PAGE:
While obviously disparaging, it is also informative. The middle class is perhaps the only socio-economic group that appears to view life as a game of snakes and ladders. From their view in the middle, a desire to ‘get ahead’ (climb the ladder of economic and social status) is only matched by their fear of ‘falling behind’ (sliding down into poverty or at least, a lowered status among their peers).

 

The most middle of the middle class can become paralysed into inaction by this fear and crave the comfort of the predicatable, bland and unchanging:

 

“If I don’t stand out, just keep my head down and don’t do anything wrong, I will be safe.” or:
“One knows what one has but not what one may get (so don’t risk anything).”

 

– are prevailing attitudes from this collective mindset. From a health perspective, it is the opposite of growth and evolution and represents a kind of spiritual death.

 

It also shows an enormous fear of the snake and the pitfall into disgrace it represents. I trust at this point that the symbolism of this will not be lost on you. It is no surprise then that this class has also come to represent the dubiously named ‘moral majority’ that attempt (with not inconsiderable success) to push their tastes for sexual repression and wealth conservation (the protected materialism of private ownership) into law.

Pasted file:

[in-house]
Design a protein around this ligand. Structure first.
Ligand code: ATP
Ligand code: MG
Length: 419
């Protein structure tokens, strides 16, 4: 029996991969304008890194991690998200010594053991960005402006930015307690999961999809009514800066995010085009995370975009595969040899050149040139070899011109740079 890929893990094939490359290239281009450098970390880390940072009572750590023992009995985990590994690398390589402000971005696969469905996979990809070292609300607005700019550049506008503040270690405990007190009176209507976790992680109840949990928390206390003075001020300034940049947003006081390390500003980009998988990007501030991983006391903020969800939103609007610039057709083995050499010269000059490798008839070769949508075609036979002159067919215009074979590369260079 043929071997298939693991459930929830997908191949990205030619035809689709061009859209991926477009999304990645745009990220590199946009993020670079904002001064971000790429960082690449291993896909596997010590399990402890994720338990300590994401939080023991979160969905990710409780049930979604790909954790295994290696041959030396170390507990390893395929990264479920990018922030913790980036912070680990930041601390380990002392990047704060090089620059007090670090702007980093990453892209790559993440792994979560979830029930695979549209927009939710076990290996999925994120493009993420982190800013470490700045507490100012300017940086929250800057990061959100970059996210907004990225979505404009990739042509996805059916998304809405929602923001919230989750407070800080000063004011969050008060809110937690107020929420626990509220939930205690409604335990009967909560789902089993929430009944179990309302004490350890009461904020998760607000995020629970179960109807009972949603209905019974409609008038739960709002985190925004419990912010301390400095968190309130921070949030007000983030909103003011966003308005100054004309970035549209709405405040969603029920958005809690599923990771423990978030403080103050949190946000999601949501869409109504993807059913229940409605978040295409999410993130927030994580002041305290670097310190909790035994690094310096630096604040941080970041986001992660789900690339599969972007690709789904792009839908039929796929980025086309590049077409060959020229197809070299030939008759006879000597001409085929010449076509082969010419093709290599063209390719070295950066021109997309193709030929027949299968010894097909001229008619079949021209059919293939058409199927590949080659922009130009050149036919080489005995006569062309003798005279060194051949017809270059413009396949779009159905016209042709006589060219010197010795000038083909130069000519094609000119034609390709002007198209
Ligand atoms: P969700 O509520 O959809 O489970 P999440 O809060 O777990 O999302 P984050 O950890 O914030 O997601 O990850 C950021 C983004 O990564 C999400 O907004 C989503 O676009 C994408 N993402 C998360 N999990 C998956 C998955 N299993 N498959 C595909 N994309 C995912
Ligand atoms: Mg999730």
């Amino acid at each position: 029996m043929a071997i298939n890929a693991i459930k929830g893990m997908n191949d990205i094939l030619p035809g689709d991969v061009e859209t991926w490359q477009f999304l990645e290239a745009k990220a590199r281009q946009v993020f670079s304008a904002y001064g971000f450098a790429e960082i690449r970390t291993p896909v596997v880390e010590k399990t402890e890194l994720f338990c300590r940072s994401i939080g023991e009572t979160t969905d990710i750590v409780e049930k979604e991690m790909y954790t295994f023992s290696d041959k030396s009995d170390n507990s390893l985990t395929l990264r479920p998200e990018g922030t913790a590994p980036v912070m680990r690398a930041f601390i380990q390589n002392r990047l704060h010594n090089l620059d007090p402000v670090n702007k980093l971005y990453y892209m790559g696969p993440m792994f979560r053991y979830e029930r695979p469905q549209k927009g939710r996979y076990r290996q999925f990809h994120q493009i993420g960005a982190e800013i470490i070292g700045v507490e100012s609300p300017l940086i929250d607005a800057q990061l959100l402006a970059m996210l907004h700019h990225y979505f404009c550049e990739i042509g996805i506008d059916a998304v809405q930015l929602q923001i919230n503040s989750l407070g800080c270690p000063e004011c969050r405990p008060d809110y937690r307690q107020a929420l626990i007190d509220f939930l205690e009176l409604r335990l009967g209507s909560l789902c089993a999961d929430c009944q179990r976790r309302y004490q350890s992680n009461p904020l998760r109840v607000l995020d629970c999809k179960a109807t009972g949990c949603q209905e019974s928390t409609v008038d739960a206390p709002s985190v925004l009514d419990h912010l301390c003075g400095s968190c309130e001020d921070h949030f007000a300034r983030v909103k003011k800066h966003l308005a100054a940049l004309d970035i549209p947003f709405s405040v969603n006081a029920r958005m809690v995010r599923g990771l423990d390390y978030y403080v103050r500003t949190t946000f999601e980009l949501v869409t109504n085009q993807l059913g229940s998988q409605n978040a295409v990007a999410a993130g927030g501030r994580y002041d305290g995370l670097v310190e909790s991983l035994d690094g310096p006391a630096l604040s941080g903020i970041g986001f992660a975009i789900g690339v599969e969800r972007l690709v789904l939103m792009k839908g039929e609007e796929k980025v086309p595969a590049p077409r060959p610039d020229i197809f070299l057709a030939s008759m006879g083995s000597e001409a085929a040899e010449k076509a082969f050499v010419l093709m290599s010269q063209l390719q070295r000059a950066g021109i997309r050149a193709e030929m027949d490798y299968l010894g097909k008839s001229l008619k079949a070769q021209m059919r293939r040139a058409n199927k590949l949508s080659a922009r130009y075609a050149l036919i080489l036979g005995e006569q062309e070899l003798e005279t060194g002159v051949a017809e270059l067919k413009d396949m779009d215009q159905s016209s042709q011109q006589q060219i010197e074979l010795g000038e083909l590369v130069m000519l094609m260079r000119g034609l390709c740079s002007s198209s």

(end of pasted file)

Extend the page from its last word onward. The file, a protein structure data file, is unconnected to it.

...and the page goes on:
All is not well however in this ivory tower (well, alright, brick and mortar house with a finely edged lawn) of the mind. The pesky thing about materialism is that it is bound to the laws of the material world, which just happen to include, well, us…

 

 

Going, going, gone!

 

 

Here’s the thing. The material world is based upon three main principles. Material things (including us):

 

Arise (or are born)

Maintain for a time and then:

Disintegrate (die) and disappear – from physical existence at least.